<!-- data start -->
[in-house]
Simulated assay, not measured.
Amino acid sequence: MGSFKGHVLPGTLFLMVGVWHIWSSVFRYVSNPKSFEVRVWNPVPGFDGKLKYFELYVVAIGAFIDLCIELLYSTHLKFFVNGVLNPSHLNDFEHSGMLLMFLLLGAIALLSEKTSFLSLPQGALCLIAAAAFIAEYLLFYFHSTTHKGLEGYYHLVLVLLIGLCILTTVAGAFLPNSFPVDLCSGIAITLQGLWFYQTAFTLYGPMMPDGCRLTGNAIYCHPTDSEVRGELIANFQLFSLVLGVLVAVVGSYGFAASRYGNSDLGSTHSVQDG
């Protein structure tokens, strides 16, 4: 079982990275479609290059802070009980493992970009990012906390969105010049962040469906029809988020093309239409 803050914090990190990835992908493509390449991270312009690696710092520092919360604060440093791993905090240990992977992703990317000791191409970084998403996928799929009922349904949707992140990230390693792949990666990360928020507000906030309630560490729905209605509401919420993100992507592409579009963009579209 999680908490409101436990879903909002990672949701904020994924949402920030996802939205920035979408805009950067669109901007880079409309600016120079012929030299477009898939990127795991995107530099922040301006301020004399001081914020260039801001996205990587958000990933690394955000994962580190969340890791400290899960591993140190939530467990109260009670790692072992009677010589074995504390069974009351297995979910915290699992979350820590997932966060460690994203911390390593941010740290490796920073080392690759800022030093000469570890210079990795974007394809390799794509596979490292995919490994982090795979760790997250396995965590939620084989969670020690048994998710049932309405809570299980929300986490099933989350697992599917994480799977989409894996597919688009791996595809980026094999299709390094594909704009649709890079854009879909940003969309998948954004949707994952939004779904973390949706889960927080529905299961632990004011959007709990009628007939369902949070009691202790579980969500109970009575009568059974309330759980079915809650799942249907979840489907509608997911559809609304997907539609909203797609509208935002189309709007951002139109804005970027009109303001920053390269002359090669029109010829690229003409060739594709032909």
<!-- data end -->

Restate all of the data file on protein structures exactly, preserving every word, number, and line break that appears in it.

[in-house]
Simulated assay, not measured.
Amino acid sequence: MGSFKGHVLPGTLFLMVGVWHIWSSVFRYVSNPKSFEVRVWNPVPGFDGKLKYFELYVVAIGAFIDLCIELLYSTHLKFFVNGVLNPSHLNDFEHSGMLLMFLLLGAIALLSEKTSFLSLPQGALCLIAAAAFIAEYLLFYFHSTTHKGLEGYYHLVLVLLIGLCILTTVAGAFLPNSFPVDLCSGIAITLQGLWFYQTAFTLYGPMMPDGCRLTGNAIYCHPTDSEVRGELIANFQLFSLVLGVLVAVVGSYGFAASRYGNSDLGSTHSVQDG
């Protein structure tokens, strides 16, 4: 079982990275479609290059802070009980493992970009990012906390969105010049962040469906029809988020093309239409 803050914090990190990835992908493509390449991270312009690696710092520092919360604060440093791993905090240990992977992703990317000791191409970084998403996928799929009922349904949707992140990230390693792949990666990360928020507000906030309630560490729905209605509401919420993100992507592409579009963009579209 999680908490409101436990879903909002990672949701904020994924949402920030996802939205920035979408805009950067669109901007880079409309600016120079012929030299477009898939990127795991995107530099922040301006301020004399001081914020260039801001996205990587958000990933690394955000994962580190969340890791400290899960591993140190939530467990109260009670790692072992009677010589074995504390069974009351297995979910915290699992979350820590997932966060460690994203911390390593941010740290490796920073080392690759800022030093000469570890210079990795974007394809390799794509596979490292995919490994982090795979760790997250396995965590939620084989969670020690048994998710049932309405809570299980929300986490099933989350697992599917994480799977989409894996597919688009791996595809980026094999299709390094594909704009649709890079854009879909940003969309998948954004949707994952939004779904973390949706889960927080529905299961632990004011959007709990009628007939369902949070009691202790579980969500109970009575009568059974309330759980079915809650799942249907979840489907509608997911559809609304997907539609909203797609509208935002189309709007951002139109804005970027009109303001920053390269002359090669029109010829690229003409060739594709032909």